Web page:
A globe with the upper and lower parts of Michigan highlighted.
Michigan Tech and Central Michigan combine forces in competition.

In an exciting new partnership with Central Michigan University (CMU), Michigan Tech is building crucial educational and industrial partnerships across the state of Michigan.

The New Venture Competition, which challenges students to develop a full-fledged business plan, creates valuable networking opportunities for students, faculty, and the community.

The New Venture Competition began at CMU in 2010 as a way to encourage the entrepreneurial spirit of students. “The New Venture Competition was created to foster entrepreneurship throughout Michigan and provide resources and connections for students to develop an idea into a business,” said Deb Zellner, executive director, CMU’s Isabella Bank Institute for Entrepreneurship. In 2011, the directors invited Michigan Tech to join the competition, hoping to broaden its scope.

"These students will make Michigan a stronger and more vibrant place.”Deb Zellner
Executive Director of Central Michigan University’s
Isabella Bank Institute for Entrepreneurship

Jim Baker, the executive director of Innovation and Commercialization at Michigan Tech, was instrumental in building the partnership between the two schools. “It’s the perfect pairing,” he said. “CMU has a large business school and a number of business interests, and Michigan Tech has expertise in engineering, technology, and business. Together, we can create a wide range of collaborative educational and entrepreneurial opportunities for students.”

Students holding up a check

With both universities involved, the New Venture Competition grew to thirty teams. Over the course of a year, student teams from each school developed business plans for innovative businesses. The 2011–12 teams created a wide range of ideas. One proposed business, Picket Books, aimed to reduce textbook costs at Michigan Tech. A CMU team, Natural Resource Generation, designed an energy-harvesting floor tile able to harness mechanical energy wasted by humans. Another team tackled a large-scale problem by developing bicycle components that are designed to solve transportation problems and reduce costs for millions of people in sub-Saharan Africa.

“The teams presented a variety of creative ideas,” said Zellner. “Working collaboratively to network, learn, and create business ventures between schools, these students will make Michigan a stronger and more vibrant place.”

Students talking in front of a cameraWith a wealth of knowledge and creativity at both universities, the New Venture Competition encourages students to seek out team members who provide the necessary experience and knowledge to develop a complete, well-rounded business. Thomas Daunais, a Michigan Tech student, found his ideal counterparts across the state at CMU. After responding to a video request for an electrical engineer from several CMU students, Daunais became part of the New Venture Competition’s first cross-university team. Once formed, the team used weekly Skype meetings to stay connected—a simple and powerful strategy that Daunais found to be highly effective.

“I feel that Michigan Tech students could greatly benefit from working with students from other universities,” he said. “Every university has its own niche and its own way of going about solving problems. This was very apparent in my interaction with the team from Central. The combination of the different problem-solving techniques and ideas allowed my team to win the technology award in the competition.”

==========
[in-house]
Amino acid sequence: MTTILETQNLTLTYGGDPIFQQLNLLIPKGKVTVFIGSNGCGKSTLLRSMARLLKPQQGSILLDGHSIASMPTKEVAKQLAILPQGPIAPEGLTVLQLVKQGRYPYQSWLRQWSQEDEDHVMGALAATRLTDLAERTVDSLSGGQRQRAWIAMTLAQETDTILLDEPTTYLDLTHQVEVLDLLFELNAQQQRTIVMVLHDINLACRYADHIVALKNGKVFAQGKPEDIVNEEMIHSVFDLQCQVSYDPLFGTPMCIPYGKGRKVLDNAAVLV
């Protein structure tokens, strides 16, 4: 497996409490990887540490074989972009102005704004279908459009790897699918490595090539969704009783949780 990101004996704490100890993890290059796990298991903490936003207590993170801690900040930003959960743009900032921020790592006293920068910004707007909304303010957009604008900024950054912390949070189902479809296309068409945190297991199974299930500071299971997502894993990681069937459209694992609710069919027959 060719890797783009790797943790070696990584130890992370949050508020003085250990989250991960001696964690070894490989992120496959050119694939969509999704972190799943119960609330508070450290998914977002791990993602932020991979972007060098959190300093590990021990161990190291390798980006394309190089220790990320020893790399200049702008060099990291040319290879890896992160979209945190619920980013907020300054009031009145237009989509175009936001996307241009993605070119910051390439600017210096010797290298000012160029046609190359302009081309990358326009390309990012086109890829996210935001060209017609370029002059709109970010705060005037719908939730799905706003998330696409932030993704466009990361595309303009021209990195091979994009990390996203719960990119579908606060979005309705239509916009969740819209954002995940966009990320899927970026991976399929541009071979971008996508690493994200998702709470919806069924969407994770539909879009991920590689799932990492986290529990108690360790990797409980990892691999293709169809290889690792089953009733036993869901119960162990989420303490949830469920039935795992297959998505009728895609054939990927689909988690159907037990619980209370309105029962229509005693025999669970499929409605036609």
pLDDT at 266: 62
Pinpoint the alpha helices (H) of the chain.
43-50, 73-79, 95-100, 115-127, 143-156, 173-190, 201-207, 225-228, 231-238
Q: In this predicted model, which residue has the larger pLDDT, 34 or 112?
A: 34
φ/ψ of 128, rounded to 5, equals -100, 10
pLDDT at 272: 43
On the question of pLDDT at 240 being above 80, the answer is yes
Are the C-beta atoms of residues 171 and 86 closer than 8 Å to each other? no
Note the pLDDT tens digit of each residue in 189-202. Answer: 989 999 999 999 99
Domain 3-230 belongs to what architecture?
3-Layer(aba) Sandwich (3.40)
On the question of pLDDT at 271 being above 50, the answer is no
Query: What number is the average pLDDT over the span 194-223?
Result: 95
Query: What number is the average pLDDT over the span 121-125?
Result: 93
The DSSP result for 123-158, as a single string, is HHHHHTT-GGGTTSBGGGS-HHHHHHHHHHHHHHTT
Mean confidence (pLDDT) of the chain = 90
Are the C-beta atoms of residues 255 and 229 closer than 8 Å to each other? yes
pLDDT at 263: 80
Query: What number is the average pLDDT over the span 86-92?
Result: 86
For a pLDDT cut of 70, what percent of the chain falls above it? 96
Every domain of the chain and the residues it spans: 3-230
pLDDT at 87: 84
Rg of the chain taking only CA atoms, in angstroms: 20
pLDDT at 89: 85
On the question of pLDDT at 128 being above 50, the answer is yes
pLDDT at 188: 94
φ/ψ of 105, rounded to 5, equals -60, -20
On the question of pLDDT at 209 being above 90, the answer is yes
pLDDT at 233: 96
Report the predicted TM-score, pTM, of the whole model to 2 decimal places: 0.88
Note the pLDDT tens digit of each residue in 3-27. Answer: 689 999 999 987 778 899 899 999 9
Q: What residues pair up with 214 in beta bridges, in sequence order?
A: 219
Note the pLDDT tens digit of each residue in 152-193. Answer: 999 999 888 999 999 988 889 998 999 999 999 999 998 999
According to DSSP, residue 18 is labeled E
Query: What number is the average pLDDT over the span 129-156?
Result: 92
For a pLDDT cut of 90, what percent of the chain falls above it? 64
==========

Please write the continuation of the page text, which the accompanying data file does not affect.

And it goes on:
Over time, the New Venture Competition program administrators would like to see more teams that include students from both universities. To facilitate CMU-Michigan Tech teams, the competition directors are developing a central information hub that will connect all participants. “The potential for collaboration is one of the most exciting things about a joint competition,” said Baker. “The total sphere of possible experts is much larger, so each business is built by team members with complementary strengths.” 

Student holding up a bike tire at the competitionAccording to Baker, Michigan Tech students also benefit from the access to experts and audiences outside of Houghton. “For new businesses, most customers will be outside of the Upper Peninsula,” he said. “The New Venture Competition offers opportunities for increased exposure and connection to professional and research networks outside the area.” 

The New Venture Competition culminates in a competition day, which takes place on the CMU campus. During the competition, finalists present their business ideas and compete for more than $60,000 in awards and in-kind service.

Ben Mitchell, a member of the first-place team, praised CMU for its organizational efforts. “They did a tremendous job coordinating the whole event, with all the judges and student teams,” he said. “It was very well orchestrated.”

On the heels of 2012’s successful competition, CMU and Michigan Tech hope to continue to grow the program, potentially including additional schools and generating more start-up ventures.

Michigan Technological University is a public research university founded in 1885 in Houghton, Michigan, and is home to more than 7,000 students from 55 countries around the world. Consistently ranked among the best universities in the country for return on investment, Michigan’s flagship technological university offers more than 120 undergraduate and graduate degree programs in science and technology, engineering, computing, forestry, business and economics, health professions, humanities, mathematics, social sciences, and the arts. The rural campus is situated just miles from Lake Superior in Michigan's Upper Peninsula, offering year-round opportunities for outdoor adventure.